The seventh-generation iPod Nano has been added to the Vintage and Obsolete Products list. The iPod Nano joins the ranks of the iPod Classic, the fifth-generation iPod Touch and the fourth-generation iPod Shuffle as part of the company’s vintage products category.
Simply put, vintage products are those that have not been sold for more than 5 years. That being said, the seventh-generation iPod Nano is still eligible to receive repairs from both Apple and third-party service providers. But once, a product reaches the seven-year mark it is considered “obsolete”. This means the product will no longer be eligible for repairs.
The history of iPod Nano
Apple first announced the iPod Nano in September 2005. The first-generation model iPod Nano featured a 1.5-inch colour screen and a scroll wheel similar to the iPod Classic. Thanks to its small size and familiar interface, the Nano became an instant hit.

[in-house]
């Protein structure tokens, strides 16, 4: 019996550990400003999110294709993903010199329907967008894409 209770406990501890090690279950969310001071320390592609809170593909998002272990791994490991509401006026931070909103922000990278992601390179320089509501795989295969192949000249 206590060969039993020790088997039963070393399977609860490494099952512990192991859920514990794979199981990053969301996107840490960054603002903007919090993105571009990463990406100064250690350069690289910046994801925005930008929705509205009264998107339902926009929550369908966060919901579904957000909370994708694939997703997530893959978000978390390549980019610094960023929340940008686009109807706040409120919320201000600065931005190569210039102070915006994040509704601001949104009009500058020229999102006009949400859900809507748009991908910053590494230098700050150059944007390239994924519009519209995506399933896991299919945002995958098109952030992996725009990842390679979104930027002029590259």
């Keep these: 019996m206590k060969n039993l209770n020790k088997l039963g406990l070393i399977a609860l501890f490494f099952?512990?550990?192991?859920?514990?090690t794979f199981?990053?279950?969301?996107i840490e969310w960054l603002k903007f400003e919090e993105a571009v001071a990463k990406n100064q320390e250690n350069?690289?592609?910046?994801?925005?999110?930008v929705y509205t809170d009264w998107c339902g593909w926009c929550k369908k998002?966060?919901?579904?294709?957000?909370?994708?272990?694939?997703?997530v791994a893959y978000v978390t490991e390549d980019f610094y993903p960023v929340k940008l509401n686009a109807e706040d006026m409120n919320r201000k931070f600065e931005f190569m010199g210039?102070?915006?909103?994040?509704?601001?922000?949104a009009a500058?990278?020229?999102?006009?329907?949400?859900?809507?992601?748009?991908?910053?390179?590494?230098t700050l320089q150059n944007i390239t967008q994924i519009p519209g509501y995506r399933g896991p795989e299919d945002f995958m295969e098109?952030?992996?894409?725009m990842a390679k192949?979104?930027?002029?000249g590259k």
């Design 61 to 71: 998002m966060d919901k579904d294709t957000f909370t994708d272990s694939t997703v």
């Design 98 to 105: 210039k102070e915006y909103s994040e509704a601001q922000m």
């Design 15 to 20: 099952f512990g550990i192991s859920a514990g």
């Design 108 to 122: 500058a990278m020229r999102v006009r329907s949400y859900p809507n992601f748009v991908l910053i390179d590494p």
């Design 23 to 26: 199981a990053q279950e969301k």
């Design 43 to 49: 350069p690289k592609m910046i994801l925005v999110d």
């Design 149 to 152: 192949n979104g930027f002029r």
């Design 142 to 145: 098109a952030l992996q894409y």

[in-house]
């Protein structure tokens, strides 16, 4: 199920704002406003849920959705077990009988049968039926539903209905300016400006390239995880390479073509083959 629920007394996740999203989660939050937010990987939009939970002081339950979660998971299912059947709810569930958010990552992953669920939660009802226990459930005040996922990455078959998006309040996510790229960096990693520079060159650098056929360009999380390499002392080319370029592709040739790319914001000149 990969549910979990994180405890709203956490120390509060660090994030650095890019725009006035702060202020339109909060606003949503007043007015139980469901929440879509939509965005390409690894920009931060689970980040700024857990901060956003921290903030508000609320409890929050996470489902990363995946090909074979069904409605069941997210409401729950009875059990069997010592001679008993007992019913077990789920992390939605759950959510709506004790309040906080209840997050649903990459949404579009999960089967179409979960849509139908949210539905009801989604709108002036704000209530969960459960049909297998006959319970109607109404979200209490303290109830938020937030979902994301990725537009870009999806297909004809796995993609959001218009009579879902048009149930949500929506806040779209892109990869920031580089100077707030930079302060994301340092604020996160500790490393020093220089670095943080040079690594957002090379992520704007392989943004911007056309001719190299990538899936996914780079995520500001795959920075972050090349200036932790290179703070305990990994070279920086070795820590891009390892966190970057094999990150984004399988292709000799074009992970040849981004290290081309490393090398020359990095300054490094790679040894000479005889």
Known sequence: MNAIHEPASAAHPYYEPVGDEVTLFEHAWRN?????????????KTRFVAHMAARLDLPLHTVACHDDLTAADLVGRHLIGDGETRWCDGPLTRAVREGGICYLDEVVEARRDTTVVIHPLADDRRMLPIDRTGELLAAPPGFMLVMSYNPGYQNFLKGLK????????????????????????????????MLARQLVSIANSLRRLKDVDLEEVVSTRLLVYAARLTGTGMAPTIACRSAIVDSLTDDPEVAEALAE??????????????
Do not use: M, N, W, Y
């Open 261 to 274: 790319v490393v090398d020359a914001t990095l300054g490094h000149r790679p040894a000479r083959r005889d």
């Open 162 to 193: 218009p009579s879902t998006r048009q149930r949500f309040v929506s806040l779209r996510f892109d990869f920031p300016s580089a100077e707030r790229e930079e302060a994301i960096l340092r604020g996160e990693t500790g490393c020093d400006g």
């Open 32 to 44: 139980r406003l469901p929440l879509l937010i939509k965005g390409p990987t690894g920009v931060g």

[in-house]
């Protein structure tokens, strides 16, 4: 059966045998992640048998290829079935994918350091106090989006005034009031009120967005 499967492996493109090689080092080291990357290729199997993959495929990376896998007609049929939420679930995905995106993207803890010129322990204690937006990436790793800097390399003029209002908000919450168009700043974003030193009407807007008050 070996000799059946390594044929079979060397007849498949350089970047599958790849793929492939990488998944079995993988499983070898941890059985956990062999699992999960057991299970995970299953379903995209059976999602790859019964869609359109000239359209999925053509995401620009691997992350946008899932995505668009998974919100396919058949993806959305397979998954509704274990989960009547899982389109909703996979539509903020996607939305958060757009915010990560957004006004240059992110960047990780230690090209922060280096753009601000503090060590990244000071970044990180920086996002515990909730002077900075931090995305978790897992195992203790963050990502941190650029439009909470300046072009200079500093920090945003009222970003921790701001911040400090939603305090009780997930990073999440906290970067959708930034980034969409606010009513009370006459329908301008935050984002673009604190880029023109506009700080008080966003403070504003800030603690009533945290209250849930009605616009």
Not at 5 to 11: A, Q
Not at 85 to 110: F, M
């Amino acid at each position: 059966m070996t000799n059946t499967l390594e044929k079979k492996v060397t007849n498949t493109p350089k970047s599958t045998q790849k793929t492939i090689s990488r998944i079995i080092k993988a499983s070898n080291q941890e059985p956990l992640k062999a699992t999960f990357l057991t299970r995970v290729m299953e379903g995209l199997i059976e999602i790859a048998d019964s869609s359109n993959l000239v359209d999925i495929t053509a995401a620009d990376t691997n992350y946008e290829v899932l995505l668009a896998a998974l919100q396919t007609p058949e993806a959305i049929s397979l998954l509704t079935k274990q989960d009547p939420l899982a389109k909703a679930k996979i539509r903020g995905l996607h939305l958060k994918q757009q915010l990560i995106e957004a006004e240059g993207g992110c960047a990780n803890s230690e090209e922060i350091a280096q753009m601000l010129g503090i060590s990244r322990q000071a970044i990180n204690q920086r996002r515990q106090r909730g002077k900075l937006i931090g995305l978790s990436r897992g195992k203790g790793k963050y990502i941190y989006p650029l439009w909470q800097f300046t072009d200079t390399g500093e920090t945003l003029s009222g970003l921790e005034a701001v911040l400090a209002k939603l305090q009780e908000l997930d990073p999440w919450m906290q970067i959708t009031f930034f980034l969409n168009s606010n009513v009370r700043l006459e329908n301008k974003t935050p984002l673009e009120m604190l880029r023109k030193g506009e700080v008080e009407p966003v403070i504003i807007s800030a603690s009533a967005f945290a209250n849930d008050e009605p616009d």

A year later, Apple introduced the second-generation iPod Nano. The new model came in a colorful new anodized aluminum case. In 2007, Apple launched the third-generation iPod Nano in a new design language. The big highlight of the third-generation iPod Nano was that it could play videos on its 2-inch 320×240 display.
Between 2008 and 2009, Apple launched the two most successful iPod Nano models. Both had a Candybar design and featured taller displays. Both models were launched in multiple colour options. However, 2009’s iPod Nano also featured a video camera.
But in 2010, the iPod Nano shed the classic scroll wheel and even ditched the ability to play videos. Instead, the square-shaped iPod Nano gained a touchscreen interface that mimics iOS but it wasn’t running iOS. It got so popular that many people used this iPod Nano as a smartwatch.
The seventh-generation iPod Nano was introduced in 2012, featuring the Candybar form factor and a 2.5-inch vertically oriented touchscreen display. It featured a home button and a lightning port. The seven-generation iPod Nano was mildly updated in 2015 by adding three colour options.
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